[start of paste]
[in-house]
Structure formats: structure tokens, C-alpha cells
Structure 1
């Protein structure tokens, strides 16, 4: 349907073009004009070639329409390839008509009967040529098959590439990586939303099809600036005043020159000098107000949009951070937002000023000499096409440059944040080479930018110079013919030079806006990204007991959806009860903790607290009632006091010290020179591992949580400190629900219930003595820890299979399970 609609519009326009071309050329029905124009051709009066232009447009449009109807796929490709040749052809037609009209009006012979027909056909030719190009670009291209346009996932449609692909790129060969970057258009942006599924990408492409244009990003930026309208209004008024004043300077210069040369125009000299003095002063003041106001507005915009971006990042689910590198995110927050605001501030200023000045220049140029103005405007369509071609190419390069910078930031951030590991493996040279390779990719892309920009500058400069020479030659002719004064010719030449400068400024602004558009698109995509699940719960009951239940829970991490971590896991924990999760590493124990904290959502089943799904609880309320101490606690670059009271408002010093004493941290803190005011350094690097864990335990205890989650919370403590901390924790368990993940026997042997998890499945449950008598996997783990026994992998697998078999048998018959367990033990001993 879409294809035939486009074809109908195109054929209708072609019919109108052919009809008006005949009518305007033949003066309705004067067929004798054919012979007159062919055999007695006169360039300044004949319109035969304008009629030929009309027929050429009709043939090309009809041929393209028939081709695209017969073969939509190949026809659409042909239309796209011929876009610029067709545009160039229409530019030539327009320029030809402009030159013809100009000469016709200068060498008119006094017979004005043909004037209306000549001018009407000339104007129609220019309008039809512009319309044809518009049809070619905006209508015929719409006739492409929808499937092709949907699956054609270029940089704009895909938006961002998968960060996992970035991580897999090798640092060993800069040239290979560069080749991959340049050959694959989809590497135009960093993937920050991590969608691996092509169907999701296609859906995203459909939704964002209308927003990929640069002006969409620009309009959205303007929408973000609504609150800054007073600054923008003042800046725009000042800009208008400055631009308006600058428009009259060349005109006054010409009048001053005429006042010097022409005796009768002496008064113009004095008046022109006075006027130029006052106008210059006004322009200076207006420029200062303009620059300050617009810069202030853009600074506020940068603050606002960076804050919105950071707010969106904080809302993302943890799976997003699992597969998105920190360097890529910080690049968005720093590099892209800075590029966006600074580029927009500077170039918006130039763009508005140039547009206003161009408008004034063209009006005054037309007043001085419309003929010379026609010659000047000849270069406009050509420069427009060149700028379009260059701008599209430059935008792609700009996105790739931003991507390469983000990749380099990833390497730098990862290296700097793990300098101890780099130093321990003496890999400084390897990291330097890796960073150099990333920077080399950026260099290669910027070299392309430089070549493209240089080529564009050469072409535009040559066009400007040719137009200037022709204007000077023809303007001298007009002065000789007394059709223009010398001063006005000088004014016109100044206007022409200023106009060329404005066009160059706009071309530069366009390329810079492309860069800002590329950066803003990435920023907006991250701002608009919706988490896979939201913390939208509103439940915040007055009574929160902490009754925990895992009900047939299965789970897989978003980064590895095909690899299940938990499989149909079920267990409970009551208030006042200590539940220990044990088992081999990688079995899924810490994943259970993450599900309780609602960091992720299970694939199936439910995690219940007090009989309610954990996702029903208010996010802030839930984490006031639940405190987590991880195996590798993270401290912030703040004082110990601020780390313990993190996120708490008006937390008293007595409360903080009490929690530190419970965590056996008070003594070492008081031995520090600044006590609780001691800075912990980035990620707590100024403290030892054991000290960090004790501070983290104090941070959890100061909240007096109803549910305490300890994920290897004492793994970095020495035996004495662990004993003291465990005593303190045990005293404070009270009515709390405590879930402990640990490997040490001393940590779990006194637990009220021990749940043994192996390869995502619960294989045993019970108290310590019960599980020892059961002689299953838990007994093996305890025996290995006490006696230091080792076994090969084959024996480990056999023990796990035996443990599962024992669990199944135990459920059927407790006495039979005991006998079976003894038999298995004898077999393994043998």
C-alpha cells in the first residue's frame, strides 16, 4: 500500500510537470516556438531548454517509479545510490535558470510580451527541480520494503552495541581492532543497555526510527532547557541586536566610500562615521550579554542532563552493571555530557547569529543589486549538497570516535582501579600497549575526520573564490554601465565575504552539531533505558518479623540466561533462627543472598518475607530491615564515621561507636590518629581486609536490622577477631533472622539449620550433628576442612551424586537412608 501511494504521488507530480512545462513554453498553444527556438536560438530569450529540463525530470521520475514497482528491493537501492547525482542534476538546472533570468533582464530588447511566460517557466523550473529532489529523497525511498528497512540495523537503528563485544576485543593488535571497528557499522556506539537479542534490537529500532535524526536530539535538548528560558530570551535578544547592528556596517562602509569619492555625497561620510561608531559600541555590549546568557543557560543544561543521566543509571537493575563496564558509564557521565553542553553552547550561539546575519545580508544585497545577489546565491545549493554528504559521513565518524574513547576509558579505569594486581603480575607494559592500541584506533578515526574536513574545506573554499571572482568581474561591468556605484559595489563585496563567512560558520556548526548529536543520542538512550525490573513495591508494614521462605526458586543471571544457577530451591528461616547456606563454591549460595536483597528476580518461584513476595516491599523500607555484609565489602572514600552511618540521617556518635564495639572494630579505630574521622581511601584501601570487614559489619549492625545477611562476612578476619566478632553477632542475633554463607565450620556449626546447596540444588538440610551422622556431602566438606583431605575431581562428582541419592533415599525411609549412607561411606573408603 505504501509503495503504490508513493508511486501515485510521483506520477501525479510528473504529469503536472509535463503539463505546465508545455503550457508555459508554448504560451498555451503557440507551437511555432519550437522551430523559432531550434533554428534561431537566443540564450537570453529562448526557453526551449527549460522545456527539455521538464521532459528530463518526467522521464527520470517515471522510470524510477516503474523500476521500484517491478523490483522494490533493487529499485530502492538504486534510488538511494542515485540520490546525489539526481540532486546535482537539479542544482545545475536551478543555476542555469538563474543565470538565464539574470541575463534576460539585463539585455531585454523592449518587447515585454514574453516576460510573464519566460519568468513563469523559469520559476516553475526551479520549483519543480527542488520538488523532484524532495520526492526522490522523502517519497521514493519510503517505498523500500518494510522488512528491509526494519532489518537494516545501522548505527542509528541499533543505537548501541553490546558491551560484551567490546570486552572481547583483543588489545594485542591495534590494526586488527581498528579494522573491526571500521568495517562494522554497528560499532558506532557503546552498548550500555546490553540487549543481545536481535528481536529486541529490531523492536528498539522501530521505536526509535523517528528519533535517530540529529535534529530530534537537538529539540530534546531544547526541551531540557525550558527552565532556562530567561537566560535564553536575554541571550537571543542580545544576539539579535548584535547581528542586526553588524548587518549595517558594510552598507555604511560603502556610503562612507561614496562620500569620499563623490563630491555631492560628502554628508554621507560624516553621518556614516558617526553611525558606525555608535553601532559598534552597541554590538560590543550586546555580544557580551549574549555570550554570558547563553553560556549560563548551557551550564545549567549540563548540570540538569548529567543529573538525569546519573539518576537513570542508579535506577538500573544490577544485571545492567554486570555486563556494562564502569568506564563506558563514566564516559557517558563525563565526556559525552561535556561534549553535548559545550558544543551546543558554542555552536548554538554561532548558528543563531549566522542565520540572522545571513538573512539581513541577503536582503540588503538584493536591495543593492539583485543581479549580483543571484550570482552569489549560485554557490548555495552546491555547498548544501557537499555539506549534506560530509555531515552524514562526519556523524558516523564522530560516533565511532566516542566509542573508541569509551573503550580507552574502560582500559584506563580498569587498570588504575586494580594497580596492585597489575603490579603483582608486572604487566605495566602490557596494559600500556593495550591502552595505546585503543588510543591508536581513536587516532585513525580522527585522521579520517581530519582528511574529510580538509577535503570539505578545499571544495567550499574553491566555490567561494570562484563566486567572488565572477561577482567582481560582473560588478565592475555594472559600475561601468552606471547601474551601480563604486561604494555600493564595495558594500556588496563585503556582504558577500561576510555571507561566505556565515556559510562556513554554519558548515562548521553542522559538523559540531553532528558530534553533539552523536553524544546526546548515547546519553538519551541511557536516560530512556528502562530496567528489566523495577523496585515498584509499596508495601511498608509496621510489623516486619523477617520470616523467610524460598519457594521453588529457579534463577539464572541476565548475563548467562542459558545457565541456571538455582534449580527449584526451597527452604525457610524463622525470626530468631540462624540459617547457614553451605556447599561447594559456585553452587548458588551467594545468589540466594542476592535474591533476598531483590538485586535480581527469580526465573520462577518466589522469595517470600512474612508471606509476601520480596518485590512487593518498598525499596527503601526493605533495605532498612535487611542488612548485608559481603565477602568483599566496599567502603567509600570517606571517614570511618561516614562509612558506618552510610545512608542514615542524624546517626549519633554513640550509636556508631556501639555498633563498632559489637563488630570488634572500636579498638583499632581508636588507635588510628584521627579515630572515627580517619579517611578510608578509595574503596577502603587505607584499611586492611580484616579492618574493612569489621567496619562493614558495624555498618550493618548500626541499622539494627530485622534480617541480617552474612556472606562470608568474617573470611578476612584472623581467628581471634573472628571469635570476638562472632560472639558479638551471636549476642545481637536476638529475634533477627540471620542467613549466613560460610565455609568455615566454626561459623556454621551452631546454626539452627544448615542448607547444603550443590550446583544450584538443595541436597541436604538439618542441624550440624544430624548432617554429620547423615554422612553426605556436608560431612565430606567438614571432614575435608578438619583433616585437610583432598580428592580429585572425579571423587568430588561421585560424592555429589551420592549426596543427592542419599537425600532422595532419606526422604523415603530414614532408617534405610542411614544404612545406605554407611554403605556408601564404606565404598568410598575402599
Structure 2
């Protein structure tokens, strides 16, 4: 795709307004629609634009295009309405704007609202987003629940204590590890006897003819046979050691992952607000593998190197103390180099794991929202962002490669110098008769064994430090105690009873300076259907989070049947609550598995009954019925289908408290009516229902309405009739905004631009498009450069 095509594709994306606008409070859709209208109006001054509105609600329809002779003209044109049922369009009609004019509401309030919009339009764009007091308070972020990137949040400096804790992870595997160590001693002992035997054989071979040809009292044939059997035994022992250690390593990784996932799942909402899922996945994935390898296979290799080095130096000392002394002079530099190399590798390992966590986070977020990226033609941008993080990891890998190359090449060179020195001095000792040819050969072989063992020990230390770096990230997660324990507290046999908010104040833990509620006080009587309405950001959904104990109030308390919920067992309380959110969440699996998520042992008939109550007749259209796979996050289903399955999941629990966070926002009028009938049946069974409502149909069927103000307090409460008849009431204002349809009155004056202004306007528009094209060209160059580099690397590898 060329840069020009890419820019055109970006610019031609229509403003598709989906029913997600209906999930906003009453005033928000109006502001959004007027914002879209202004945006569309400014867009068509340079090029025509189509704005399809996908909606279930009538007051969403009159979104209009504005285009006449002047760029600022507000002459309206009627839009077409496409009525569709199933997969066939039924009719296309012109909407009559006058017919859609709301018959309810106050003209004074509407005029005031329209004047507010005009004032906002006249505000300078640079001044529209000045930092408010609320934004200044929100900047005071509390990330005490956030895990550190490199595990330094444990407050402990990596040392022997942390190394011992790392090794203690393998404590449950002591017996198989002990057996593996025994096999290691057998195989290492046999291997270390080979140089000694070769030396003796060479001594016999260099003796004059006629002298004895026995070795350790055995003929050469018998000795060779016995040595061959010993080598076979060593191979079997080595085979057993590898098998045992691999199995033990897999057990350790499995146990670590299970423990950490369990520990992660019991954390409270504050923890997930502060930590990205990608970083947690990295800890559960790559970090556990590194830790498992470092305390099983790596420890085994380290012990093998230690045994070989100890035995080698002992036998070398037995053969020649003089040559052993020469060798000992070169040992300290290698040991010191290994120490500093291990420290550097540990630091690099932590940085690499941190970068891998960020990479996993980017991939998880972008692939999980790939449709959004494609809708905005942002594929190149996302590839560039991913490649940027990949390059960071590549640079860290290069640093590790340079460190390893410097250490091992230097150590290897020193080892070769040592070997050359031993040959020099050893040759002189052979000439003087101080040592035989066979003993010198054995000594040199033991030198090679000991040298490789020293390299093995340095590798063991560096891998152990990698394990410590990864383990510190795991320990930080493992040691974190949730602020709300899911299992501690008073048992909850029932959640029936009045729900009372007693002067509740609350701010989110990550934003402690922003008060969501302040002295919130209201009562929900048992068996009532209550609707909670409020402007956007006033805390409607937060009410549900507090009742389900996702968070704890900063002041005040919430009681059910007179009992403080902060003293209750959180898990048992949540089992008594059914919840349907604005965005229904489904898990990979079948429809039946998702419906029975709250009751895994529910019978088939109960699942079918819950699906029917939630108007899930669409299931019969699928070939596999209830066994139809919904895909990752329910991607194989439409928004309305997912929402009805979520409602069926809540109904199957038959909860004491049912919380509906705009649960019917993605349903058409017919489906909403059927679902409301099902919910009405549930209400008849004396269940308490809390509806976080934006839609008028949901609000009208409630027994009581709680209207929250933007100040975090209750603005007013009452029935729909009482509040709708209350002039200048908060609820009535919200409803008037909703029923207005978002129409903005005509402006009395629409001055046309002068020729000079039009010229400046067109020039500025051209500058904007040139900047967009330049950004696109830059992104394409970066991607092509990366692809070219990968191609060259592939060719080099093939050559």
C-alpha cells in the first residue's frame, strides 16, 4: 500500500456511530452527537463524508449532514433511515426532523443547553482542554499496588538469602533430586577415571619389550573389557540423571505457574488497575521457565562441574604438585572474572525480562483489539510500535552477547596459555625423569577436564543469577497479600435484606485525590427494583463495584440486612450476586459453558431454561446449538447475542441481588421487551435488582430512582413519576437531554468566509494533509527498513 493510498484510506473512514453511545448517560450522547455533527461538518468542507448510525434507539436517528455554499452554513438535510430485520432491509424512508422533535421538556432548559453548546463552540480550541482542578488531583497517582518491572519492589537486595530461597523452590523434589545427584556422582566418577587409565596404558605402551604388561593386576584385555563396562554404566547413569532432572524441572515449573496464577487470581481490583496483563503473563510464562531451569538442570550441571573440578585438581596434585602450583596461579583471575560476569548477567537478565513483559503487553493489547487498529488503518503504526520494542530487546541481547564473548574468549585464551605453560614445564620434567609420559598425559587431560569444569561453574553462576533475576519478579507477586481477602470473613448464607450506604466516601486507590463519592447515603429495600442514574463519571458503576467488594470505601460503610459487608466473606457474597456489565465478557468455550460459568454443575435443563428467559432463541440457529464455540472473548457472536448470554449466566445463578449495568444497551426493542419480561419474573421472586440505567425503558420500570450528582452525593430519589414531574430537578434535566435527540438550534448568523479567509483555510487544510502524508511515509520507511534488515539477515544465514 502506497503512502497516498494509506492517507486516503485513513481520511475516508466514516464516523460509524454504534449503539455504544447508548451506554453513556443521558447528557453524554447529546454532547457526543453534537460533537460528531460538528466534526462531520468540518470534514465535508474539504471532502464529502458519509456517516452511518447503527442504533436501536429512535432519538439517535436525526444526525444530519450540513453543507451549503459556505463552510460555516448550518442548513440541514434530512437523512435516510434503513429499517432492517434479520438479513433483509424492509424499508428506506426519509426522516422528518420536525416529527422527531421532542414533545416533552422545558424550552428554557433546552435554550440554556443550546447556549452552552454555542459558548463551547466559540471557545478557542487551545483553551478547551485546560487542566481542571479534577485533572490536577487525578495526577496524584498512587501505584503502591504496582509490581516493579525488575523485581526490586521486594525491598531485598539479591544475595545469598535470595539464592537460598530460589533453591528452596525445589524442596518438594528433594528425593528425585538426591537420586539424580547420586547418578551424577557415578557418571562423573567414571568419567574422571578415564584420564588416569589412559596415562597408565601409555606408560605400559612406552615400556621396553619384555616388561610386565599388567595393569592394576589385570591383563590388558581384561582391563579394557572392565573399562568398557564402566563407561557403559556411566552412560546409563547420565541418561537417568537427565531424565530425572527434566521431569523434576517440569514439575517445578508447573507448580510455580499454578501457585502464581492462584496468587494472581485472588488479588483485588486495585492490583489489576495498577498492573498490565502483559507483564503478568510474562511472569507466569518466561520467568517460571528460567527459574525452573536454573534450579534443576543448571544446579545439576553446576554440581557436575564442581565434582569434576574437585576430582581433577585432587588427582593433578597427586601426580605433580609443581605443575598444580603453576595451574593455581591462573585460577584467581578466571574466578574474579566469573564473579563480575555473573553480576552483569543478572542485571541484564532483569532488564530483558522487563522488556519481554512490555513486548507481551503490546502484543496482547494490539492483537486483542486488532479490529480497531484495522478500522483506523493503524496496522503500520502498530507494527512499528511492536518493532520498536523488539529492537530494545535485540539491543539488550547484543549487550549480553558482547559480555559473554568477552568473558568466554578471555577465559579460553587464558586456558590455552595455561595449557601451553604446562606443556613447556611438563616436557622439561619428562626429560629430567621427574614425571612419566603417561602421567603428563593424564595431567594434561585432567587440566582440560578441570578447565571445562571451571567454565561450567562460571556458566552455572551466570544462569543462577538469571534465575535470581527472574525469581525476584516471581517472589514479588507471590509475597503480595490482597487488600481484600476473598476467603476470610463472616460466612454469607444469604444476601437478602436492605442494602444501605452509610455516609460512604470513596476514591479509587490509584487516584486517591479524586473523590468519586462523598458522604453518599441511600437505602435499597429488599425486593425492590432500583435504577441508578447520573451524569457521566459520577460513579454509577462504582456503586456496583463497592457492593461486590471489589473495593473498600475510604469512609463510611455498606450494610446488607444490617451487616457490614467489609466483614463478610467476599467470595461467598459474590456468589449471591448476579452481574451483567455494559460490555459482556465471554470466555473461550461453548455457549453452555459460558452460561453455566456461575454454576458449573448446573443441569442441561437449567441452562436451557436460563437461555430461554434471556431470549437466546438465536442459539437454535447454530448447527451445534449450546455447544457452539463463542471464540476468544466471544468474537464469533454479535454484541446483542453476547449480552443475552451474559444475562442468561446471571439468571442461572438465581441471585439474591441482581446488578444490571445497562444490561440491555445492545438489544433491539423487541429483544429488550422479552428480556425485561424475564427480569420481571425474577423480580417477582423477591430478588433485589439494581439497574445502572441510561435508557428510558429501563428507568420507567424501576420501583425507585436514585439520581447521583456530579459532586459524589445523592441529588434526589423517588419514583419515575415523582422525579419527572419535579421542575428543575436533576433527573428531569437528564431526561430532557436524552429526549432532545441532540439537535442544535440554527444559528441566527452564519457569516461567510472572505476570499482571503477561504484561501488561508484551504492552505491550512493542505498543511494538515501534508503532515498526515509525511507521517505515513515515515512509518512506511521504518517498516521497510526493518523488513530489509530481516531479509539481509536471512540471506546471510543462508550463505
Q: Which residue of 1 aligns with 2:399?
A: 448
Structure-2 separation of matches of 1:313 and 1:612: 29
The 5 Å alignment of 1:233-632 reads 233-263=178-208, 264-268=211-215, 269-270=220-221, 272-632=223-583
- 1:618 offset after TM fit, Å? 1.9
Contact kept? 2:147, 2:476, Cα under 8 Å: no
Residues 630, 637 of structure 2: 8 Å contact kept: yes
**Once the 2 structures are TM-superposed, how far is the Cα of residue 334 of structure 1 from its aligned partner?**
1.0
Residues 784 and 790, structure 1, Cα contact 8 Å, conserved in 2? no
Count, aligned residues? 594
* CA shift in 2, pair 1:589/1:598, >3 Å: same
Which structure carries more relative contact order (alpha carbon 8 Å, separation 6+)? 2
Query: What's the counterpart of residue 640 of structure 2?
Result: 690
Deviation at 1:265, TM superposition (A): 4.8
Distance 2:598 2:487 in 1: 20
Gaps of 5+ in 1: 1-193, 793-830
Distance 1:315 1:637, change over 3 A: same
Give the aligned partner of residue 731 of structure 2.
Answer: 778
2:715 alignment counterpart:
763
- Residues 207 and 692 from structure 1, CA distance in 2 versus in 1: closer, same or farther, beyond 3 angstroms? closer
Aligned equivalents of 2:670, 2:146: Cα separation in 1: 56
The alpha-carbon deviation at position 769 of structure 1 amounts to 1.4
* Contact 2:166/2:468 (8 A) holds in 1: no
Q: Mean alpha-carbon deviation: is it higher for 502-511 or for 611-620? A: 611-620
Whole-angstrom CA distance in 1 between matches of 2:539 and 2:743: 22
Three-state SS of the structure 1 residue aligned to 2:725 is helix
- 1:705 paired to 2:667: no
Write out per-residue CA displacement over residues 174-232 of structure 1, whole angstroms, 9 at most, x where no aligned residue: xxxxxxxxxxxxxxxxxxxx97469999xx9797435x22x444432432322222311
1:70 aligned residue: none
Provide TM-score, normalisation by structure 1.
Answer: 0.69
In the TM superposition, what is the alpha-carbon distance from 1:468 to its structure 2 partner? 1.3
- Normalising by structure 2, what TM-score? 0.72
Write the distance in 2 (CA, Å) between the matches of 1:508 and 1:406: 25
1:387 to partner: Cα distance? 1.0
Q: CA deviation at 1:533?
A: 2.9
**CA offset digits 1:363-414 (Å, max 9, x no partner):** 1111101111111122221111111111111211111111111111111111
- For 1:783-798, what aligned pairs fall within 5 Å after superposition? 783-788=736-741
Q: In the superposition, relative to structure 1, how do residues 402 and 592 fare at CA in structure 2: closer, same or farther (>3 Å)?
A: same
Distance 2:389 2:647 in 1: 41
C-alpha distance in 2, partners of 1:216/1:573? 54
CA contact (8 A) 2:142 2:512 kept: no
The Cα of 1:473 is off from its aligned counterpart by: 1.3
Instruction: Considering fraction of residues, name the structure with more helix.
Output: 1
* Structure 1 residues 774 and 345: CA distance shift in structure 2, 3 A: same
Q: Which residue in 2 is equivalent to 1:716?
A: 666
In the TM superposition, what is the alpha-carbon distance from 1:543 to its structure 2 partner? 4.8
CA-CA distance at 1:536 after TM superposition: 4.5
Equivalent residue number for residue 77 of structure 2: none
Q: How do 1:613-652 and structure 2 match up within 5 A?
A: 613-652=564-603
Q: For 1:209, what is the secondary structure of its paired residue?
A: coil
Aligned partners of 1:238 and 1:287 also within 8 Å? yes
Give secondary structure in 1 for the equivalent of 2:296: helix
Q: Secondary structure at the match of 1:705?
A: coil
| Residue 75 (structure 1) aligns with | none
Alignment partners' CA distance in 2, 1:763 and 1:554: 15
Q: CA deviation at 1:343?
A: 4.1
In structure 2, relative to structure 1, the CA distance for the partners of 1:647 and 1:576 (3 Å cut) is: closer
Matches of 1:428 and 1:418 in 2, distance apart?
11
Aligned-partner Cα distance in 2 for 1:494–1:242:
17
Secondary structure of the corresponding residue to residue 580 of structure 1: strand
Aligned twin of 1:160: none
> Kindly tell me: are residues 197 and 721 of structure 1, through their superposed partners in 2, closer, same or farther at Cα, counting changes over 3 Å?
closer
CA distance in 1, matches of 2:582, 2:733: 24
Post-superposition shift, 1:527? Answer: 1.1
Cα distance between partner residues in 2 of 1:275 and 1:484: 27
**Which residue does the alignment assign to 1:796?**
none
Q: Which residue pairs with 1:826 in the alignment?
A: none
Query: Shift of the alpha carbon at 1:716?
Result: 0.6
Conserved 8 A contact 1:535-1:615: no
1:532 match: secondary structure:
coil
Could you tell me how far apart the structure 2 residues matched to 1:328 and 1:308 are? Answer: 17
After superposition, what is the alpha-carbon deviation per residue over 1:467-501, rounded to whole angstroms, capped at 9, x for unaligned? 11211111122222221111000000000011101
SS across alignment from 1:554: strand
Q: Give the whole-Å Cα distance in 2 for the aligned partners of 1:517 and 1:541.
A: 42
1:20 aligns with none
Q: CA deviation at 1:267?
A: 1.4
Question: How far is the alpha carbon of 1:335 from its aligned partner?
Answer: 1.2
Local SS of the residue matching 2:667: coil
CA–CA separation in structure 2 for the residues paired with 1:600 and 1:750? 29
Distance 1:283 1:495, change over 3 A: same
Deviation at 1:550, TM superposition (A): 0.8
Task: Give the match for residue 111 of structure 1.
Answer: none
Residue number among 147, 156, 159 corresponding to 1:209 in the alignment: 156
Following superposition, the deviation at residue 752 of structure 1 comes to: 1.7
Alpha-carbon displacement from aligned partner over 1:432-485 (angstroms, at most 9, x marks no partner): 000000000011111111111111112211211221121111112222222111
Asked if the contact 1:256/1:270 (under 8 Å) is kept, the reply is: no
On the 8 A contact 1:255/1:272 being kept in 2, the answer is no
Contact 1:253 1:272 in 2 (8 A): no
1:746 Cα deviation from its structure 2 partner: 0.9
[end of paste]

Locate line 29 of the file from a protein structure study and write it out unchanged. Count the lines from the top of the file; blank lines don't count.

Answer: 778